Toshiba's decision to no longer develop, make or market high-definition HD DVD players and recorders will mean consumers can start feeling more confident about buying the victorious rival technology — a Blu-ray disc player.
The decision was relatively quick, coming just several years after the competing technologies arrived.
In the last video format battle, between VHS, backed by Matsushita, and Sony's Betamax in the 1980s, it took a decade before Sony stopped making new Betamax products.
Nishida, who stressed HD DVD was a good technology, tried to assure the estimated 1 million customers, including some 600,000 in North America, who already bought HD DVD machines, by promising that Toshiba will continue to provide product support for the technology.
Neither Sony or Matsushita would disclose the global sales numbers for Blu-ray machines. But the shift in Blu-ray's favor became more decisive during the critical holiday shopping season.
Nishida voluntarily brought up the possibility of class-action lawsuits in the U.S. as he fielded questions from reporters, acknowledging that the idea of disgruntled HD DVD owners had occurred to him.
Class-action lawsuits are fairly rare in Japan, and owners in Japan of HD DVD machines total just 30,000. Nishida denied the company shared in any liability as it had no say in the format of future movies.
Although the format defeat is an embarrassment to Toshiba's image, the quick exit is expected to lessen the potential damage in losses from HD DVD operations.
Goldman Sachs has said pulling out would improve Toshiba's profitability between $370 million and $460 million a year.
The 5 minute film tells the story of a couple who spot each other across a crowded street and fall in love. Although everyone else in the world around them moves backwards, the couple moves forward as they find each other.
-- Amid a discussion of trade in 1973, Chinese leader Mao Zedong made what U.S. Secretary of State Henry Kissinger called a novel proposition: sending tens of thousands, even 10 million, Chinese women to the United States.
Chinese leader Mao Zedong, here depicted in an Andy Warhol painting, offered women to the U.S.
"You know, China is a very poor country," Mao said, according to a document released by the State Department's historian office.
"We don't have much. What we have in excess is women. So if you want them we can give a few of those to you, some tens of thousands."
A few minutes later, Mao circled back to the offer. "Do you want our Chinese women?" he asked. "We can give you 10 million."
After Kissinger noted Mao was "improving his offer," the chairman said, "We have too many women. ... They give birth to children and our children are too many."
"It is such a novel proposition," Kissinger replied in his discussion with Mao in Beijing. "We will have to study it.
NEW YORK - Comcast Corp. told the Federal Communications Commission in formal comments Tuesday that hampering some file-sharing by its subscribers was a justifiable way to keep Web traffic flowing for everyone.
The comments are the fullest accounting yet of how Comcast manages its network.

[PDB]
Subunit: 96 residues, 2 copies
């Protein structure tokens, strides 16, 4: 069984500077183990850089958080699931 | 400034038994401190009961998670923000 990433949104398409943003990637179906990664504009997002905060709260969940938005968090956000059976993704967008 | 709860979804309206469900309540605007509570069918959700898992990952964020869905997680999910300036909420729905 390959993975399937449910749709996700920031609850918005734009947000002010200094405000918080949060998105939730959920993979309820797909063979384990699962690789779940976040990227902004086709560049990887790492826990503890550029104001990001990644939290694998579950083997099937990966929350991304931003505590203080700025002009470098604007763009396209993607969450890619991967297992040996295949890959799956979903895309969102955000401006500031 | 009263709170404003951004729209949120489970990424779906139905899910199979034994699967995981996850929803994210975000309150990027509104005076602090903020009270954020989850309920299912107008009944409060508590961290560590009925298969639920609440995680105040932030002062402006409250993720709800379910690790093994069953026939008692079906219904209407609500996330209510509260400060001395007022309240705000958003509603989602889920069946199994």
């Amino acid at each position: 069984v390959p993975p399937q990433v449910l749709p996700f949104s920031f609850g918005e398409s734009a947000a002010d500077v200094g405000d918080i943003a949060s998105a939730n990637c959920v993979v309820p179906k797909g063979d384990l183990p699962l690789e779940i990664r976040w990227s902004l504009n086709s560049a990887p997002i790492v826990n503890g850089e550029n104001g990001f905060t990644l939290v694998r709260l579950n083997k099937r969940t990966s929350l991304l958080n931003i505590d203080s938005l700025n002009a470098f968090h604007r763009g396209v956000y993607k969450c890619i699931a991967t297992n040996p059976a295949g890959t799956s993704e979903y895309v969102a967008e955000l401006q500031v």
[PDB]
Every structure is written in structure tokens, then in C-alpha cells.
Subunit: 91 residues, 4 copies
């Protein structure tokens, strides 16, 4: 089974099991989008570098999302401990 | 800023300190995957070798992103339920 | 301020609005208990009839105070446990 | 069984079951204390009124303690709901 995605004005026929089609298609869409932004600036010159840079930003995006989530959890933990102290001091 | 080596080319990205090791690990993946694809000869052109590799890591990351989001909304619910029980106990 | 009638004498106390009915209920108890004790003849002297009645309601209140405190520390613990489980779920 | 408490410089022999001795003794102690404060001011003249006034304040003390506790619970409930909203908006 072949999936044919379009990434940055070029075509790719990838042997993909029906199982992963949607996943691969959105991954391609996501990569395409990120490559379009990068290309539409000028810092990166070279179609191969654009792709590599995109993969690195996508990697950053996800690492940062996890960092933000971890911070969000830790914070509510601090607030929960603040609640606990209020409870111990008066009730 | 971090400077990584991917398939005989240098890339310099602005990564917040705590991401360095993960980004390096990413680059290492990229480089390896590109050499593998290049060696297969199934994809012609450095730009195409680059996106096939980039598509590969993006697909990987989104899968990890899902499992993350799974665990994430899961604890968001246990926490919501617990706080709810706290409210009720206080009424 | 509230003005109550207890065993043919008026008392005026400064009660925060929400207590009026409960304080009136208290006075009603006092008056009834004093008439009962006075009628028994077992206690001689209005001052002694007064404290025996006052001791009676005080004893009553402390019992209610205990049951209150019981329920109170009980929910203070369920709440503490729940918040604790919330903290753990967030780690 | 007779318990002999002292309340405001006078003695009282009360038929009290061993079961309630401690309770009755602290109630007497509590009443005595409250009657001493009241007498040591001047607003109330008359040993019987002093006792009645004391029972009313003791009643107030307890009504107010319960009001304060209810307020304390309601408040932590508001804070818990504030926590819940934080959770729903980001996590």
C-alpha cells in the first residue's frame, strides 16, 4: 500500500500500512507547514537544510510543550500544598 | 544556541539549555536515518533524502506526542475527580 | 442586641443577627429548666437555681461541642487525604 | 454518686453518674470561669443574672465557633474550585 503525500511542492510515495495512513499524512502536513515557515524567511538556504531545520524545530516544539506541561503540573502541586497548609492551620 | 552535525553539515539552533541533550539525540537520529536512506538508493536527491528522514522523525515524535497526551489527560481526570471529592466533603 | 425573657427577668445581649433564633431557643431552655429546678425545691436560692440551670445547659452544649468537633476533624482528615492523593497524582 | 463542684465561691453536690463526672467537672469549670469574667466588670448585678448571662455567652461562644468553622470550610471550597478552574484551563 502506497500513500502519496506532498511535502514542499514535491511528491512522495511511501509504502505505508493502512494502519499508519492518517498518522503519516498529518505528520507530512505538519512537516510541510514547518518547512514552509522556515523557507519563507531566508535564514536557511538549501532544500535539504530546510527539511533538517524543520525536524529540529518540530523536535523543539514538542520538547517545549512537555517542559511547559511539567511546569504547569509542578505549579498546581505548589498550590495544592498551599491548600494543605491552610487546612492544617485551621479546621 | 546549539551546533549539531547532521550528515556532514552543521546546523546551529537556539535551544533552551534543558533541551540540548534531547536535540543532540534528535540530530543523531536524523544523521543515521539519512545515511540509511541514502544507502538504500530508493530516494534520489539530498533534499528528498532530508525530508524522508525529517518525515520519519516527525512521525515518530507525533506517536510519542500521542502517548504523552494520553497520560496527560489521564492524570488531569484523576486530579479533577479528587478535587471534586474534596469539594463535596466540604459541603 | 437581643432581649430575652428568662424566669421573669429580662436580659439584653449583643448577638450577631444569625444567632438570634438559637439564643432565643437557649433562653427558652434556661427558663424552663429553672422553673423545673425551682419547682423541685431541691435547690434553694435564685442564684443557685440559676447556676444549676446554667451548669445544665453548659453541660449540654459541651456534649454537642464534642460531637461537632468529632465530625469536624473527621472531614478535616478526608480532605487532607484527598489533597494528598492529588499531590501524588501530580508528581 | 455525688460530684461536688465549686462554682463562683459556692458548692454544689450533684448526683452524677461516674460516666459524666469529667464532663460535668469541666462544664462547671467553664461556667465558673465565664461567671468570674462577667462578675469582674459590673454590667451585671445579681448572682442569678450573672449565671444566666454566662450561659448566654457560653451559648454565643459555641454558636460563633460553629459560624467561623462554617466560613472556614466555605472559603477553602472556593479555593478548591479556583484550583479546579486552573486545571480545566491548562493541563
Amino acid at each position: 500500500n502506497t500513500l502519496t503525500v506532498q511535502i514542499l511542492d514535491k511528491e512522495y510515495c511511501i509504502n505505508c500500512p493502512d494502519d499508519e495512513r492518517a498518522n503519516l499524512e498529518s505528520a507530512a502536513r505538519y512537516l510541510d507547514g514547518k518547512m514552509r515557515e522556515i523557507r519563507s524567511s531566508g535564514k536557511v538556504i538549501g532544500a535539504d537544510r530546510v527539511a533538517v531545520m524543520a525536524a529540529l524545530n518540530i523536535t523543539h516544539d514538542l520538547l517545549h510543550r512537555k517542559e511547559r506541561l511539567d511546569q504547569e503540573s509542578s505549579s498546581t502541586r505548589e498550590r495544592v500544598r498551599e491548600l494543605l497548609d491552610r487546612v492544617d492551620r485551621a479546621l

Comcast's network management is the subject of formal complaints to the FCC from consumer groups and law professors.
Comcast says it must curb some file-sharing traffic because some subscribers would otherwise hog the cables with their uploads and slow traffic in their neighborhood.
The company — the country's second-largest Internet service provider — also said it was justified in using "reset" packets to break off communications between two computers.
Comcast sometimes inserts these packets in the data stream to kill a file-sharing session. The move "fools" each computer into believing the other computer wants to end the connection.
The return addresses of Comcast's packets indicate they're from one of the file-sharing computers when they are in fact from Comcast.
An Associated Press story in October that brought attention to Comcast's practices likened its use of reset packets to an operator breaking into a telephone conversation and telling each participant in the voice of the other: "Sorry, I have to hang up. Good bye."
In its comments Tuesday, Comcast called that analogy "inflammatory hyberbole" ...
In their complaint with the FCC, advocacy groups Free Press and Public Knowledge said Comcast was "forging" the return addresses of the reset packets.
The FCC's reaction to subscriber complaints will be an important test of how far the agency will let Web providers go to manage their traffic. Even Comcast's detractors generally agree proper traffic management can improve the Internet experience for everyone.
FCC Chairman Kevin Martin is supportive of network management, but has said providers like Comcast should be open about their practices.
This is interesting - it seems that a group of artists have celebrated 1-31-07 in their own way and have created a series of political themed LED art sculptures and (you guessed it) placed them all over Boston. Pictured here, Bush & Bin Laden... Click on through to see more images and if you're in Boston the locations are listed to go on an art tour. Get there before the robots do.